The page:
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It’s Time To Do Something About The Chef Gender Gap

Women from the restaurant industry hold baguettes as swords during a flash mob at the Let's Talk About Food Festival in October 2013. Credit: Elizabeth Comeau

Women from the restaurant industry hold baguettes as swords during a flash mob at the Let's Talk About Food Festival in October 2013. Credit: Elizabeth Comeau

The noise (and well-deserved) flap over Time magazine’s recent cover story “The 13 Gods of Food” — a list that crowns exactly zero female chefs — is wonderfully opportune. I am thrilled by the zesty outrage it has sparked! A group of us in Boston has been on a mission since last spring to highlight the too-quiet media coverage of women who cook professionally.

Last May, Food & Wine magazine featured a double-truck poster ad for its annual Food & Wine Classic. It was a panoramic view of the Rockies with an elbow-to-elbow row of the usual suspects and grinning male gods of food. Gail Simmons, “Top Chef” judge and director of special projects for Food & Wine, looked gorgeous and had one wrist’s worth of room. Presumably, Simmons was in the poster to show gender balance.

Boston chef and icon Jody Adams of Rialto privately emailed many of us “that it literally felt like a punch to her stomach” when she saw the ad. “After all these years, still?” she wrote in frustration.

Soon after, I came across an article in the July/August issue of Departures called “Cooks’ Night Out” that featured chic, duded-up male chefs spending 72 hours on the town. The article featured a sidebar interview with TV chef Bobby Flay that was markedly dismissive of female chefs. Ever since, an energized group of Boston women in the food world has been thinking about how to use these testosterone-fueled slights as a teachable moment to change the media perception — and therefore the public view — of what a chef looks like. (Hint: It ain’t all tattoos and muscles, though many women in the kitchen sport both.)

The gender gap is real — and it plays out in the media

In more than a decade of covering local and national chefs for Stuff magazine and the Boston Phoenix, writing hundreds of profiles and columns, I learned a few things about the difference between men and women who cook professionally. I’d guess that my coverage was 75 percent men and 25 percent women, and occasionally I took a little editorial heat for “overemphasizing” local women.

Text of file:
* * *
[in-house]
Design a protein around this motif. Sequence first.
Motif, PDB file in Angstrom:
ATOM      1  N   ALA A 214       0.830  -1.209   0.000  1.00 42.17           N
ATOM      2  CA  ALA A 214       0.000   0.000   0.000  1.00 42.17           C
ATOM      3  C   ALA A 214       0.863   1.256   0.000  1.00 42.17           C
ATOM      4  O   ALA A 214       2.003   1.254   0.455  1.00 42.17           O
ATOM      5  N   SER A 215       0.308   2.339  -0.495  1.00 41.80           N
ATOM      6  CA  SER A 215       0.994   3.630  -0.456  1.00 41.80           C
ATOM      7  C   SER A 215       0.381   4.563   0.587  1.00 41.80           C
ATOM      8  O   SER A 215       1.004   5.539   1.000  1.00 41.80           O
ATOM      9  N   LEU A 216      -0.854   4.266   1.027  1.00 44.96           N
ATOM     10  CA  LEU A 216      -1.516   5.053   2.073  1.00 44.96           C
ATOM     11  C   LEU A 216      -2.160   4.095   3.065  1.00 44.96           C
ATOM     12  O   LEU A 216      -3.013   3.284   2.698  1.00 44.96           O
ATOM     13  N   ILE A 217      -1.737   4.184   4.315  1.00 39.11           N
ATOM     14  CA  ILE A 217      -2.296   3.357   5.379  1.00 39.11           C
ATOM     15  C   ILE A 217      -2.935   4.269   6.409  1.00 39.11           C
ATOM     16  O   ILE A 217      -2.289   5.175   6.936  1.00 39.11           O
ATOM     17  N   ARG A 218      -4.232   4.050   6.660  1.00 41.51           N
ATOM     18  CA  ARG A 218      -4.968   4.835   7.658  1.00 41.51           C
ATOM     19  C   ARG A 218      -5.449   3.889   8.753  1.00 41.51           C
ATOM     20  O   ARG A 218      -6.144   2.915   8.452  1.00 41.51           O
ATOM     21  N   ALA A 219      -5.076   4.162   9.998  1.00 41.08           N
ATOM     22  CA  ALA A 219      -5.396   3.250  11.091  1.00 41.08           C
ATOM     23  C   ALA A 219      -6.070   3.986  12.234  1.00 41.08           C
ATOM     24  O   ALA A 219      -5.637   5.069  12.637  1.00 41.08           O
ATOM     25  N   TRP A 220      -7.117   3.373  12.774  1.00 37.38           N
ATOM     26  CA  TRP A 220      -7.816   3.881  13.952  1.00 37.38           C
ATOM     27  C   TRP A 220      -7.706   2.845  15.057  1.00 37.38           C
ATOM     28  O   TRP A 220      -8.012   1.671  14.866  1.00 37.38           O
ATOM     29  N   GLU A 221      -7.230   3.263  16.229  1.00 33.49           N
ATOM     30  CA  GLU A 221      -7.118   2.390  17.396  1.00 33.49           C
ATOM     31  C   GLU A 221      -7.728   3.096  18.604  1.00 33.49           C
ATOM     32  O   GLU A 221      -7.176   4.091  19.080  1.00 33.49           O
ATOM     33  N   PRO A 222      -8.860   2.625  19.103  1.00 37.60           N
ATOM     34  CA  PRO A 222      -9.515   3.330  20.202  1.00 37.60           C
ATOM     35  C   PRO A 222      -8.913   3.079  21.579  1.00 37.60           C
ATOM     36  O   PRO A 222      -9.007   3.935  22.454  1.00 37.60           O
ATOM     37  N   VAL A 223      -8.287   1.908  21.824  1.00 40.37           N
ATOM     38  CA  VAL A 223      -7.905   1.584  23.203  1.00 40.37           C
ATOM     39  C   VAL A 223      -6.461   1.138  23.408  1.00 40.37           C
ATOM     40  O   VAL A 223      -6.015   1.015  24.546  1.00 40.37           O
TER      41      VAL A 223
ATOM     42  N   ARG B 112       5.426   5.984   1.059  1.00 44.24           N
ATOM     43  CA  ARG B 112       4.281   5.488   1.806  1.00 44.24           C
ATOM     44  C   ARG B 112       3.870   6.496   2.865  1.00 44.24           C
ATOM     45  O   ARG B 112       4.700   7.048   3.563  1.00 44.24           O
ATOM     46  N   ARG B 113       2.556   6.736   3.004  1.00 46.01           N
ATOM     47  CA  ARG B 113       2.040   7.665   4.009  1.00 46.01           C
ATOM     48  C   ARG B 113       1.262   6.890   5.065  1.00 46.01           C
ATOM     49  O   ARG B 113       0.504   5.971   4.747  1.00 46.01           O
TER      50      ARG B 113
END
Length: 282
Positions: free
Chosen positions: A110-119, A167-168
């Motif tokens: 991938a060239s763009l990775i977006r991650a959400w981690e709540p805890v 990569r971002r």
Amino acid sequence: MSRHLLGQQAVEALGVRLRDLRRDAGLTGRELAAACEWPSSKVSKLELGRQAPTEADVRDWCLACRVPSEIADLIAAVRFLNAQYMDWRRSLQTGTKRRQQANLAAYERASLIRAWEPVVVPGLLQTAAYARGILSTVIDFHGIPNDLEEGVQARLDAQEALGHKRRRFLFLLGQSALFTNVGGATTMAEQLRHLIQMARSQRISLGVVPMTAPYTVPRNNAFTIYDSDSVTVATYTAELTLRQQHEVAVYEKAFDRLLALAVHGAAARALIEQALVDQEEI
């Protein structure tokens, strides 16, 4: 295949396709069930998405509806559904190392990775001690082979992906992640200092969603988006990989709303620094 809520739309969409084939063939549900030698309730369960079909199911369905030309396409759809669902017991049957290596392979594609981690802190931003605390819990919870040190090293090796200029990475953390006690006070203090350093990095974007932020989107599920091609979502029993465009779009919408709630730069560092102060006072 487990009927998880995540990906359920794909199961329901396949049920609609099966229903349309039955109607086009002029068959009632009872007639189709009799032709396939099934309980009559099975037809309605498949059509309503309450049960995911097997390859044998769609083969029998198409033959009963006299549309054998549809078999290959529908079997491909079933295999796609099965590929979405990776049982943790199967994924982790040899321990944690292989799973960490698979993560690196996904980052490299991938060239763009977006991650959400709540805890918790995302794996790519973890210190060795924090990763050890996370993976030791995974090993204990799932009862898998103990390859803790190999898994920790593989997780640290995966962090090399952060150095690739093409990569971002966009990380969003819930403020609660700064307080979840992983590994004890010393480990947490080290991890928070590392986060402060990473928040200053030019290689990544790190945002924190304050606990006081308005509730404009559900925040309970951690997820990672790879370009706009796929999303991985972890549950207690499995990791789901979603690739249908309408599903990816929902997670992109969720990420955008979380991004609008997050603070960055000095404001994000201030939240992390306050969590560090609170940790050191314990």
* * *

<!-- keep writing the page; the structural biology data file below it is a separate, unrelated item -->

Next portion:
At the time, Boston had many more male chef-owners and executive chefs than female. That is still true today. But as a feminist, I used my humble perch to give ink to women whenever I could. How else to build profile and change perception?

Here’s why men get more ink: It’s easier to write about them. Men make better copy. Men are more willing to say outrageous and eminently quotable things. Shock value is highly prized when a journalist has a story deadline to meet. Men pose more provocatively and more humorously in front of photographers.

When you interview women, many talk about their awesome, amazing teams and their mentors. Male chefs talk more about themselves. For a writer, this is helpful. It is always easier to write about a hero or star than the loyal teammates. Men are better at claiming credit for good work done. Women, who’ve done equally good work in the kitchen, are more humble and self-revealing. As an interviewer, you have to work a little harder to get a woman to say something funny or edgy. But honestly, you don’t have to work that hard if you’re patient and warm. The difference boils down to a classic sexist stereotype: the cocky male vs. the collaborative female, the badass male chef vs. the uber-competent female one.

Chef Jody Adams. Credit: Michael Piazza

Chef Jody Adams. Credit: Michael Piazza

No one quibbles about male chefs getting recognized for their talents — good is good. But there is plenty of room at the table for the hardworking and very talented women as well. Women make equally good copy.

And we are serious about this teachable moment thing. In October, women in chefs jackets wielding baguettes like bayonets held a Women in Whites flash mob in Boston’s Copley Square during the Let’s Talk About Food Festival. The goal was to highlight the sheer number of women in the culinary profession in Boston.

More events are planned, including using the topic of Changing Women’s Media Profiles as an organizing concept for the 2014 International Les Dames d’Escoffier Convention, to be held in the fall in Boston. Adams is working with the Women and Public Policy Program at the Harvard Kennedy School on the topic too. The momentum has only just begun.

It’s time to change the paradigm about men and women who cook. I thank Time magazine for making it feel even more apt. I am not suggesting professional women become badasses or men more self-revealing. I am suggesting that we who cover the scene have to be more vigilant about not falling into easy stereotypical traps. Some media training for journalists might help.